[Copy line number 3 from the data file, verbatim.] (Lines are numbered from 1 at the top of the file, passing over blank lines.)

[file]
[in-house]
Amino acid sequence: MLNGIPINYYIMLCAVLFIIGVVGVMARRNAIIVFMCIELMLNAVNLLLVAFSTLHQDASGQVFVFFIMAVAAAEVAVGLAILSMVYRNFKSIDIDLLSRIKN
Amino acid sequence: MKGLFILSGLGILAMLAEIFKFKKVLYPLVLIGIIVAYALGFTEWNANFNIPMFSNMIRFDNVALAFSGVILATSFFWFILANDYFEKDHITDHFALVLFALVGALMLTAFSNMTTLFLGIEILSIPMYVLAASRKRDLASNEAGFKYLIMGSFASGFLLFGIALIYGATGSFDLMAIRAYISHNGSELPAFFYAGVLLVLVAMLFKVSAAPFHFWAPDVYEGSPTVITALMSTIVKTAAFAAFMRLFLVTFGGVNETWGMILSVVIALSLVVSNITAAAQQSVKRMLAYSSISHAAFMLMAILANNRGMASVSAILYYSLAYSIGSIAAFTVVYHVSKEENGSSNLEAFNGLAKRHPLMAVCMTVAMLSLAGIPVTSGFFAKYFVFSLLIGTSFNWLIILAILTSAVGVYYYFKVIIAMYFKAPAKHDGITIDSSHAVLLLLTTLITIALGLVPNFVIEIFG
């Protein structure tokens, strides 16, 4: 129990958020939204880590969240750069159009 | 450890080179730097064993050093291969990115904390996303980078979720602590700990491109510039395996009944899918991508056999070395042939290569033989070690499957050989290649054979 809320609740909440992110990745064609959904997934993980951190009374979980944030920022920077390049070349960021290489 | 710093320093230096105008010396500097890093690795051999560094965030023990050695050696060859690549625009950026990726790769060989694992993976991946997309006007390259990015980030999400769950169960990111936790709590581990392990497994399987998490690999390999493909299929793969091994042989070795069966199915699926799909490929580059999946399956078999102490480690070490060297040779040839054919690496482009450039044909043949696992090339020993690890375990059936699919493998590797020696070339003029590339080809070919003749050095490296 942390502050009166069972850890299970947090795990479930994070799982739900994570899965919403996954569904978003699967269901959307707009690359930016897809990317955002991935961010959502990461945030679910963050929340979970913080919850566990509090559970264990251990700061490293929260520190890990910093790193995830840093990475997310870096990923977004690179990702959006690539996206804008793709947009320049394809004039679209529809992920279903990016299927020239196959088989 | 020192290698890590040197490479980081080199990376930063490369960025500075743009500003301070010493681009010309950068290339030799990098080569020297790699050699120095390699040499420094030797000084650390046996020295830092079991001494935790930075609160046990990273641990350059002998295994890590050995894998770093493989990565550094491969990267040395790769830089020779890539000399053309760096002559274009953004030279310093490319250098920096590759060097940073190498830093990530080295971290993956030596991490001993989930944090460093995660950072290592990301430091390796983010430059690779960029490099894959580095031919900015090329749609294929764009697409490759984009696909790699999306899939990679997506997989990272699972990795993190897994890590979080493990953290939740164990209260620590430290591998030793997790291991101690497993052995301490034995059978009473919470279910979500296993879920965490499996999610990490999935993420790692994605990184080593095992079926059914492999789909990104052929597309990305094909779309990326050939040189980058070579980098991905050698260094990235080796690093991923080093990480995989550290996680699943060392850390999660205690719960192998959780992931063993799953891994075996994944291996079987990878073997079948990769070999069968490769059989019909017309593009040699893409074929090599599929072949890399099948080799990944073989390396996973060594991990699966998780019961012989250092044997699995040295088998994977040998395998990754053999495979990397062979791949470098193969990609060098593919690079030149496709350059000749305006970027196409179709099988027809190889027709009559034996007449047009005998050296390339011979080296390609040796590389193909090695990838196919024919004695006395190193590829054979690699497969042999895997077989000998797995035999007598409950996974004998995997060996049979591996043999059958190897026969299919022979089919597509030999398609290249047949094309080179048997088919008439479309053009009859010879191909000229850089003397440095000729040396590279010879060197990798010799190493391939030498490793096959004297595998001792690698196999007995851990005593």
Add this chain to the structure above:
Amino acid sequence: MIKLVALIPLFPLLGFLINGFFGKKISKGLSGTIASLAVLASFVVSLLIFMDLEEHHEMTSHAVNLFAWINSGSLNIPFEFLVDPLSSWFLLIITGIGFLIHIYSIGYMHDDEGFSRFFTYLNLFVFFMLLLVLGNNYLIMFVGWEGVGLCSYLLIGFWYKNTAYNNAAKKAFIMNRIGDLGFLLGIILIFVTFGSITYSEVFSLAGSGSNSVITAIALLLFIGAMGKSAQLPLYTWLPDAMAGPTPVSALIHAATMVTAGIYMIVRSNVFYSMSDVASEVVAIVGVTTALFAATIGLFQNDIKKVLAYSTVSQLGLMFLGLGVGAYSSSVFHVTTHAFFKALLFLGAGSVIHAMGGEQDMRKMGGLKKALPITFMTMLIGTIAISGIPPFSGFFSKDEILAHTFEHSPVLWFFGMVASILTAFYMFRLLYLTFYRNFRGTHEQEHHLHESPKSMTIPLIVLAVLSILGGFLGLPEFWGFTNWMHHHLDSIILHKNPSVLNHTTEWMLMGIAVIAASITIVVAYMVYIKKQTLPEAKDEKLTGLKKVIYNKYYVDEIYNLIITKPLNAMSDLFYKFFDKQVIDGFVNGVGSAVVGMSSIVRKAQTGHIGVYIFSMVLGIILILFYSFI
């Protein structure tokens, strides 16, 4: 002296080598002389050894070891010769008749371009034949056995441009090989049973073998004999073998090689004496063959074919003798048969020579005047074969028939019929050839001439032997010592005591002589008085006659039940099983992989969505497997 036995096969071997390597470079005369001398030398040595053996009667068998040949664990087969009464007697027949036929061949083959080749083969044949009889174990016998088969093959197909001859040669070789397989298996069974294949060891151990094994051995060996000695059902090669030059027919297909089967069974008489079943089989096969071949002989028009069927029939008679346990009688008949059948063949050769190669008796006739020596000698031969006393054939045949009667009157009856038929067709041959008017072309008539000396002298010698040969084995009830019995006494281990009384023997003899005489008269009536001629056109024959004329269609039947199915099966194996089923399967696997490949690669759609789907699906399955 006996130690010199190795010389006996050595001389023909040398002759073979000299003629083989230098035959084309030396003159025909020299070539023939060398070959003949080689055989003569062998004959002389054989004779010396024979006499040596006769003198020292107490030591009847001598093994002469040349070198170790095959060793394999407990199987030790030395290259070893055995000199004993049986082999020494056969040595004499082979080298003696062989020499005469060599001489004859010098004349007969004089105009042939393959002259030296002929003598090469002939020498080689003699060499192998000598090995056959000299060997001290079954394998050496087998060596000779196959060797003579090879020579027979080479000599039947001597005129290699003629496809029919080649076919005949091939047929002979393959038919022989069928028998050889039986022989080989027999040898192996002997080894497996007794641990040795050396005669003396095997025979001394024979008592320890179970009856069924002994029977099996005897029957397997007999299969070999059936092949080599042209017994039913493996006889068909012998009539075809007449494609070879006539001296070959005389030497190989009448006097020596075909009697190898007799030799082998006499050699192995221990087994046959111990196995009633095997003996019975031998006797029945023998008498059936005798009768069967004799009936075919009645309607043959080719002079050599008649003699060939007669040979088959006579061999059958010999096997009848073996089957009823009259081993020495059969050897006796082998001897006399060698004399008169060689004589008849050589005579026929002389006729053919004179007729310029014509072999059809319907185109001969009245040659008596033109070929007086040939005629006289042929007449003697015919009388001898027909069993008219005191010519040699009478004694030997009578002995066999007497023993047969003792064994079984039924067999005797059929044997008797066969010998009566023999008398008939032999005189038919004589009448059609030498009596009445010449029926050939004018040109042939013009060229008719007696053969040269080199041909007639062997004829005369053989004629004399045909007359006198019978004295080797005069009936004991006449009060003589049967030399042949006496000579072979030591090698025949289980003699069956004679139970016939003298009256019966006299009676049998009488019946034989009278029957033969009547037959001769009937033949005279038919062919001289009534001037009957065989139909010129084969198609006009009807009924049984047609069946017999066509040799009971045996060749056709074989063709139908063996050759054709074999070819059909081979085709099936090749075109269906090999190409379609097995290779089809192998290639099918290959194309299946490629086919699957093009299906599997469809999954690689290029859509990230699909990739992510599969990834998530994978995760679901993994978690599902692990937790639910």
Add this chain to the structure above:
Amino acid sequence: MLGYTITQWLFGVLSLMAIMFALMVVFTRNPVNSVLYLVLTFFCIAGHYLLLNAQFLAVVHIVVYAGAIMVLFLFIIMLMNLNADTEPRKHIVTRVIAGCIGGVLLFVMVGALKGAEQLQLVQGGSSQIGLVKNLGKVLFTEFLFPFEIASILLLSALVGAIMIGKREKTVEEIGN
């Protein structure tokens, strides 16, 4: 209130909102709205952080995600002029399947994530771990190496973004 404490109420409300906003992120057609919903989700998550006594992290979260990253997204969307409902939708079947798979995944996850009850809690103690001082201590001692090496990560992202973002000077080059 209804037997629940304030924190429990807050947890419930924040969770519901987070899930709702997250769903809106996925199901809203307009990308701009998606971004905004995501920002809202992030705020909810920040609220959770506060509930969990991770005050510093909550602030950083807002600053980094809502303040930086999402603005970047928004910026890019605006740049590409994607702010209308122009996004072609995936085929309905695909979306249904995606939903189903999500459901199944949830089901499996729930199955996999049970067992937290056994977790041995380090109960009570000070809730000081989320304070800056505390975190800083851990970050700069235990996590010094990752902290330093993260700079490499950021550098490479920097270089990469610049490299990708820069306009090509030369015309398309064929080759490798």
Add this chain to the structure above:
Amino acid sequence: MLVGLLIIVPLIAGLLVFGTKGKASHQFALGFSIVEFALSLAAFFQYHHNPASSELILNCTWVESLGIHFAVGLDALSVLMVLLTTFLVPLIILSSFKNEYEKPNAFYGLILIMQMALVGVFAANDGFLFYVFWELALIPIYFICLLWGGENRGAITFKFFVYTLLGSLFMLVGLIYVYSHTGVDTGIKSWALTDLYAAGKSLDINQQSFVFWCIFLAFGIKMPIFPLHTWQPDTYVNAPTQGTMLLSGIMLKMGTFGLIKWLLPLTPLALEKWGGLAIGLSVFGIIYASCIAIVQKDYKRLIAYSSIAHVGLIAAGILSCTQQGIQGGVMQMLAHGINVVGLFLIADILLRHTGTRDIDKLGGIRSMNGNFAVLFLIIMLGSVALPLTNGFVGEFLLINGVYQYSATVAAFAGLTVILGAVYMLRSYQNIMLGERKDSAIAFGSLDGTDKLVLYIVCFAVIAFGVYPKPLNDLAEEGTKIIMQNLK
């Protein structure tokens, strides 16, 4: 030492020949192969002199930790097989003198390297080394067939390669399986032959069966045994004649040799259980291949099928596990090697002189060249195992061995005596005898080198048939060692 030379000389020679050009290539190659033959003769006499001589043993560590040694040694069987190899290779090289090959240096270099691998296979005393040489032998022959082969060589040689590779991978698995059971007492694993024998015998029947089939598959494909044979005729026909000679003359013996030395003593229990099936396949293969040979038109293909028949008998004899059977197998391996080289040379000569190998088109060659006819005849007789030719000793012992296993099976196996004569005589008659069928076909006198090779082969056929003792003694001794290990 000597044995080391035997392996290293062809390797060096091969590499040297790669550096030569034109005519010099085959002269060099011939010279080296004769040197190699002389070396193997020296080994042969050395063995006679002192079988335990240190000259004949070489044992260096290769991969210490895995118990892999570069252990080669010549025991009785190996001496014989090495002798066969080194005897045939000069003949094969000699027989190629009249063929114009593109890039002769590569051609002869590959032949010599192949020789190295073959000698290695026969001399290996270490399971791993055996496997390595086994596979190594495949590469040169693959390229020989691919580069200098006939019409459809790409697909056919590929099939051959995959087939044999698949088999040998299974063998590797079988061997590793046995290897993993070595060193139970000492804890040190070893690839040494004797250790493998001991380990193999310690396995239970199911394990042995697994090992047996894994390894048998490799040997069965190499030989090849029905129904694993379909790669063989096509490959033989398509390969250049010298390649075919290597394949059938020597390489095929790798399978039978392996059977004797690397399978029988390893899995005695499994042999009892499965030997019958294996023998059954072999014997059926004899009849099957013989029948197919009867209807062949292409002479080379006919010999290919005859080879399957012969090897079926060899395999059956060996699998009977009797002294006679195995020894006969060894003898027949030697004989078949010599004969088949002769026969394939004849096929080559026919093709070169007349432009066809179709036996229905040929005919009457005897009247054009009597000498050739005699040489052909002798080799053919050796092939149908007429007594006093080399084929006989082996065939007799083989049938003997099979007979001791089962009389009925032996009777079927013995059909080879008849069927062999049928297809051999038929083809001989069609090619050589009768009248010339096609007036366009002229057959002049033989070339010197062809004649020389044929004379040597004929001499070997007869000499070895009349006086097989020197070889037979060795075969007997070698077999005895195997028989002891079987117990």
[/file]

Amino acid sequence: MKGLFILSGLGILAMLAEIFKFKKVLYPLVLIGIIVAYALGFTEWNANFNIPMFSNMIRFDNVALAFSGVILATSFFWFILANDYFEKDHITDHFALVLFALVGALMLTAFSNMTTLFLGIEILSIPMYVLAASRKRDLASNEAGFKYLIMGSFASGFLLFGIALIYGATGSFDLMAIRAYISHNGSELPAFFYAGVLLVLVAMLFKVSAAPFHFWAPDVYEGSPTVITALMSTIVKTAAFAAFMRLFLVTFGGVNETWGMILSVVIALSLVVSNITAAAQQSVKRMLAYSSISHAAFMLMAILANNRGMASVSAILYYSLAYSIGSIAAFTVVYHVSKEENGSSNLEAFNGLAKRHPLMAVCMTVAMLSLAGIPVTSGFFAKYFVFSLLIGTSFNWLIILAILTSAVGVYYYFKVIIAMYFKAPAKHDGITIDSSHAVLLLLTTLITIALGLVPNFVIEIFG